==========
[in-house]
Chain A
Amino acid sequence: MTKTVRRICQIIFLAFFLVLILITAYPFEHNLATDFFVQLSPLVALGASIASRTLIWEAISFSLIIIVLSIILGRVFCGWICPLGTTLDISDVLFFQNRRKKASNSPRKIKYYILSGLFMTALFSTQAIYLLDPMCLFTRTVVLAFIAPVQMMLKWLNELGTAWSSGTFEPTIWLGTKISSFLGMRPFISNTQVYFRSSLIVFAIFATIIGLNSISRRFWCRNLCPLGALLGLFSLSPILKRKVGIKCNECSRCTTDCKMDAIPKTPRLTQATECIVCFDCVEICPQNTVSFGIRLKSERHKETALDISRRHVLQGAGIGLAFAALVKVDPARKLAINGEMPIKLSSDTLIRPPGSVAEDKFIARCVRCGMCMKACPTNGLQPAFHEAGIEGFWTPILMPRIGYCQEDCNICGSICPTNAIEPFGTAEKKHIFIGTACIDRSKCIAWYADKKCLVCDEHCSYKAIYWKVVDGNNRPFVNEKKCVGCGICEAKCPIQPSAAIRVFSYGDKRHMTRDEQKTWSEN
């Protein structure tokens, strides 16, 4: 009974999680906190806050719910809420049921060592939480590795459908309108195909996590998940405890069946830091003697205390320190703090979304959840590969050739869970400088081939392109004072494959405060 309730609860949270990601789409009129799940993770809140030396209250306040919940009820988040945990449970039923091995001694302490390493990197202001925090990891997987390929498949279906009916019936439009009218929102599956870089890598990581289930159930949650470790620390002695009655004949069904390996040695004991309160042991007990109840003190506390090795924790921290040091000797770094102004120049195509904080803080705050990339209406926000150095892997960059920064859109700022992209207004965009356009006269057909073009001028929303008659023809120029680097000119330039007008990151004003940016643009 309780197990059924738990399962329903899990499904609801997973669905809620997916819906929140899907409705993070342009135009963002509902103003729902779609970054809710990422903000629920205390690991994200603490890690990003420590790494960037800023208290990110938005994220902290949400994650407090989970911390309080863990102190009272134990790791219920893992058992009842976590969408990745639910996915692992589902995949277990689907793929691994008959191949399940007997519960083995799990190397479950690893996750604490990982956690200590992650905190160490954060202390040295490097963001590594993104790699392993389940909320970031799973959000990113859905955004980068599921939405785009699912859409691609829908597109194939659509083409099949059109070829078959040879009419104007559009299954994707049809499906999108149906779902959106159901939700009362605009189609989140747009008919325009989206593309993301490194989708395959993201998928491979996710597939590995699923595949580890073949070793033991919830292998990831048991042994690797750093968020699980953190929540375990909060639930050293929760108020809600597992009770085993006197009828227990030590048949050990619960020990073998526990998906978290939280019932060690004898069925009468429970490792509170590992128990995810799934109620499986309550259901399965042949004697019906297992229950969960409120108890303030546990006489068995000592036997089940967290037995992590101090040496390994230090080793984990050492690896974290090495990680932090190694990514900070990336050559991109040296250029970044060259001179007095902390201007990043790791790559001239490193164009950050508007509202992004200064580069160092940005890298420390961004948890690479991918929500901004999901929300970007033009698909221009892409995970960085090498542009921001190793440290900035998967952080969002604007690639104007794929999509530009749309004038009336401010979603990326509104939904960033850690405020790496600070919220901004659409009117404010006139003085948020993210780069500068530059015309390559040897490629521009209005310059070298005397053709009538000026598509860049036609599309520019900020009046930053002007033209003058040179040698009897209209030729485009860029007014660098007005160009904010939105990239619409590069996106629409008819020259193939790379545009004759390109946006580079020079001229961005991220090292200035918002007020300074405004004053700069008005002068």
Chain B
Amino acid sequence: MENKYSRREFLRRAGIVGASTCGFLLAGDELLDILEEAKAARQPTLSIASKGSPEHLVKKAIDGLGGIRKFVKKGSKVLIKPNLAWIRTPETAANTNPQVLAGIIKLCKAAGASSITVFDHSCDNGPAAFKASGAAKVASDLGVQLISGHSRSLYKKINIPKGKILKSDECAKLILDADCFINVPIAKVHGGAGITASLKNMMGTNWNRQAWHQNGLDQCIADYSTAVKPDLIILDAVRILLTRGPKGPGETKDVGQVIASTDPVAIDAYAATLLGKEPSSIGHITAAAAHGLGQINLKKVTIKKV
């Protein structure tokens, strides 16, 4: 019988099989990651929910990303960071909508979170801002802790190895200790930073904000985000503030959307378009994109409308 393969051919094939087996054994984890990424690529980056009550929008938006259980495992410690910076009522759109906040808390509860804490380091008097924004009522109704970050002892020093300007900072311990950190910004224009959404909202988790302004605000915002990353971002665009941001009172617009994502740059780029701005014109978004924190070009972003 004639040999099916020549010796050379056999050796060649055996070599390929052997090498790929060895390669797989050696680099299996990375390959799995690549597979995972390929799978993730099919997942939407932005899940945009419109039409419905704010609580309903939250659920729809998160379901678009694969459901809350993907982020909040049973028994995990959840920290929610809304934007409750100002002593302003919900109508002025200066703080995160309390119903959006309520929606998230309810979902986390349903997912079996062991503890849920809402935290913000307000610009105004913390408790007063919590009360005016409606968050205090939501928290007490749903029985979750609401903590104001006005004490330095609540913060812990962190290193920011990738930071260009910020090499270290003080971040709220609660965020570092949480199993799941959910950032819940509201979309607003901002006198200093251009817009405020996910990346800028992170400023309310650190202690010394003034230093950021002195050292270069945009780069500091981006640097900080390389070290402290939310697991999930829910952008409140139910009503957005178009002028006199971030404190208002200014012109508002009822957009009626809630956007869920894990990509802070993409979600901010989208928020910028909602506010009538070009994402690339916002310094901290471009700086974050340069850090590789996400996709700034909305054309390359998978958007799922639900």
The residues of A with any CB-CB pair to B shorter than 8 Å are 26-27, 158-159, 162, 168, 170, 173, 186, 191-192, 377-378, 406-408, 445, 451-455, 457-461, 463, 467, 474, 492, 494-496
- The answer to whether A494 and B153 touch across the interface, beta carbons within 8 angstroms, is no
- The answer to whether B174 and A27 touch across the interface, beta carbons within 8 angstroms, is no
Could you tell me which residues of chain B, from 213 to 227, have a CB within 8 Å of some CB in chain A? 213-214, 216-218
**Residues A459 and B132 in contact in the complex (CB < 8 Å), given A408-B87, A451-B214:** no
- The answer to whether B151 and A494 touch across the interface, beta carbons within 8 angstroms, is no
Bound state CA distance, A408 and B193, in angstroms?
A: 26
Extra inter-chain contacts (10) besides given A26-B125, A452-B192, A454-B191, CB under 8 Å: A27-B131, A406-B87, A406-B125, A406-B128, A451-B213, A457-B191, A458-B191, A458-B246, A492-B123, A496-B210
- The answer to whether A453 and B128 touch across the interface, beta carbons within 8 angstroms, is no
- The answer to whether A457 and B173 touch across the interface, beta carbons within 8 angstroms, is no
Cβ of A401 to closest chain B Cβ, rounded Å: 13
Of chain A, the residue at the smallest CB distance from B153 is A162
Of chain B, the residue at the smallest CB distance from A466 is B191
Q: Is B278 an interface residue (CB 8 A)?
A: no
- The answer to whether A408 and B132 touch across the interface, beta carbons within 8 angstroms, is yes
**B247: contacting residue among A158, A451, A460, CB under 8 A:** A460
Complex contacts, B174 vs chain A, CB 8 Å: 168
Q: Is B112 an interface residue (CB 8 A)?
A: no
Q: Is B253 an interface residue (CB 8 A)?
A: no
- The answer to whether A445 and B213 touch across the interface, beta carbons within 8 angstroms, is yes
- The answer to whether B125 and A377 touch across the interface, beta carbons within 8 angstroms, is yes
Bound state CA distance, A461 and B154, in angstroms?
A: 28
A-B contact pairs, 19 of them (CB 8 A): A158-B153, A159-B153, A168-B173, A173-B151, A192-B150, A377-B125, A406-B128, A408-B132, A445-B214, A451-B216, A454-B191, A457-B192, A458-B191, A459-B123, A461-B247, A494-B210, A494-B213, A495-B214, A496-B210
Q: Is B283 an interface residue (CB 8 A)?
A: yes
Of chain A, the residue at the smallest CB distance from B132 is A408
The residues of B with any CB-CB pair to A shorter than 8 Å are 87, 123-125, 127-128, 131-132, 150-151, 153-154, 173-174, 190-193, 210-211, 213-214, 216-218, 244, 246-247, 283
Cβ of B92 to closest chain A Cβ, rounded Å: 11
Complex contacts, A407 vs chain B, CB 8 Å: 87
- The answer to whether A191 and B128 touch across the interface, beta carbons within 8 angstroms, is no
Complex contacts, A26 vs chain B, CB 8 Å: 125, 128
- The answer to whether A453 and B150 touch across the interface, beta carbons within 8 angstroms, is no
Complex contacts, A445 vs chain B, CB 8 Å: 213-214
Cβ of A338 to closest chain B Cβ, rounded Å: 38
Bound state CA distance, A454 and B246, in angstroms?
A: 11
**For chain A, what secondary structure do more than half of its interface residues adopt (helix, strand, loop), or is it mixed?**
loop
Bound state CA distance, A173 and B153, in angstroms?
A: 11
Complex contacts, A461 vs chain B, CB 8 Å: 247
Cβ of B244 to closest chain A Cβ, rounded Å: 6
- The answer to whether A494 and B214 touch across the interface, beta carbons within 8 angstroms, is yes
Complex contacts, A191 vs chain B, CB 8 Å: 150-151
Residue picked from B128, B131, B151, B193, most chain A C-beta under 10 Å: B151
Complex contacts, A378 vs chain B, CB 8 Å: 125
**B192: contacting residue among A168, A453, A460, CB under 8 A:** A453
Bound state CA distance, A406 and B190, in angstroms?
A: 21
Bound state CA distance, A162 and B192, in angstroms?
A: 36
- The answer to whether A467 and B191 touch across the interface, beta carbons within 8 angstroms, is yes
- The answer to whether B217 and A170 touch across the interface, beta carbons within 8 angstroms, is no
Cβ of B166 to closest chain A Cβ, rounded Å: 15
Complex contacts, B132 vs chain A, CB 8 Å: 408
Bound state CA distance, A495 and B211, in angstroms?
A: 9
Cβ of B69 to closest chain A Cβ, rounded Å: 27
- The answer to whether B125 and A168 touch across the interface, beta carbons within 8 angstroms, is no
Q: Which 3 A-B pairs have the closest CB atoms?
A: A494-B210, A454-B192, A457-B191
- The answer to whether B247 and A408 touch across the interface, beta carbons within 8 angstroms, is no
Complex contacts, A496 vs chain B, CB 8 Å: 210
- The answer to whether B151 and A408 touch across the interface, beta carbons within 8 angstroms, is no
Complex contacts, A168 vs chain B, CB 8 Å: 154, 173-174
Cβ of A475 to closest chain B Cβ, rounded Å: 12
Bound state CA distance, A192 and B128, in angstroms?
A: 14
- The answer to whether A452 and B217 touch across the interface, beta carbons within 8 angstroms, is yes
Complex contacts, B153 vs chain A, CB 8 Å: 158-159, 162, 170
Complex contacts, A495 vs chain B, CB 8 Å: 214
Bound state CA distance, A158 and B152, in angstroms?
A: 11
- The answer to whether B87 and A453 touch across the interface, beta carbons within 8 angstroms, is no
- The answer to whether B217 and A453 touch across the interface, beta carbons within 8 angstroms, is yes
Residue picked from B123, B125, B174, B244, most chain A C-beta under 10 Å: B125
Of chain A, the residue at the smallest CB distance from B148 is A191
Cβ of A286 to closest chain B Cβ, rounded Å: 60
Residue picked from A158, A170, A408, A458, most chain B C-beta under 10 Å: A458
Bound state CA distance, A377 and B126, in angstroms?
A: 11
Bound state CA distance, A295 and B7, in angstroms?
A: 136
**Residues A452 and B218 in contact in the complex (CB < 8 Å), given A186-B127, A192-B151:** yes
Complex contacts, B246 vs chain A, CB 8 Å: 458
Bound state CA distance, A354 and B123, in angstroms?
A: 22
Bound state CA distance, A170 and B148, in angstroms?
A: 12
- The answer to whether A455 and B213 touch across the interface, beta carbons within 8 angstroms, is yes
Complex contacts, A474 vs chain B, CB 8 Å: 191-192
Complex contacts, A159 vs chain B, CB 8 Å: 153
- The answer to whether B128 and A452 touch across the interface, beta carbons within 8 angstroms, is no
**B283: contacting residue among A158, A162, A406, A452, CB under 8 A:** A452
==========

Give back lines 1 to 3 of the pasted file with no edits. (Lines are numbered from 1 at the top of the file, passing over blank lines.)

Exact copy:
[in-house]
Chain A
Amino acid sequence: MTKTVRRICQIIFLAFFLVLILITAYPFEHNLATDFFVQLSPLVALGASIASRTLIWEAISFSLIIIVLSIILGRVFCGWICPLGTTLDISDVLFFQNRRKKASNSPRKIKYYILSGLFMTALFSTQAIYLLDPMCLFTRTVVLAFIAPVQMMLKWLNELGTAWSSGTFEPTIWLGTKISSFLGMRPFISNTQVYFRSSLIVFAIFATIIGLNSISRRFWCRNLCPLGALLGLFSLSPILKRKVGIKCNECSRCTTDCKMDAIPKTPRLTQATECIVCFDCVEICPQNTVSFGIRLKSERHKETALDISRRHVLQGAGIGLAFAALVKVDPARKLAINGEMPIKLSSDTLIRPPGSVAEDKFIARCVRCGMCMKACPTNGLQPAFHEAGIEGFWTPILMPRIGYCQEDCNICGSICPTNAIEPFGTAEKKHIFIGTACIDRSKCIAWYADKKCLVCDEHCSYKAIYWKVVDGNNRPFVNEKKCVGCGICEAKCPIQPSAAIRVFSYGDKRHMTRDEQKTWSEN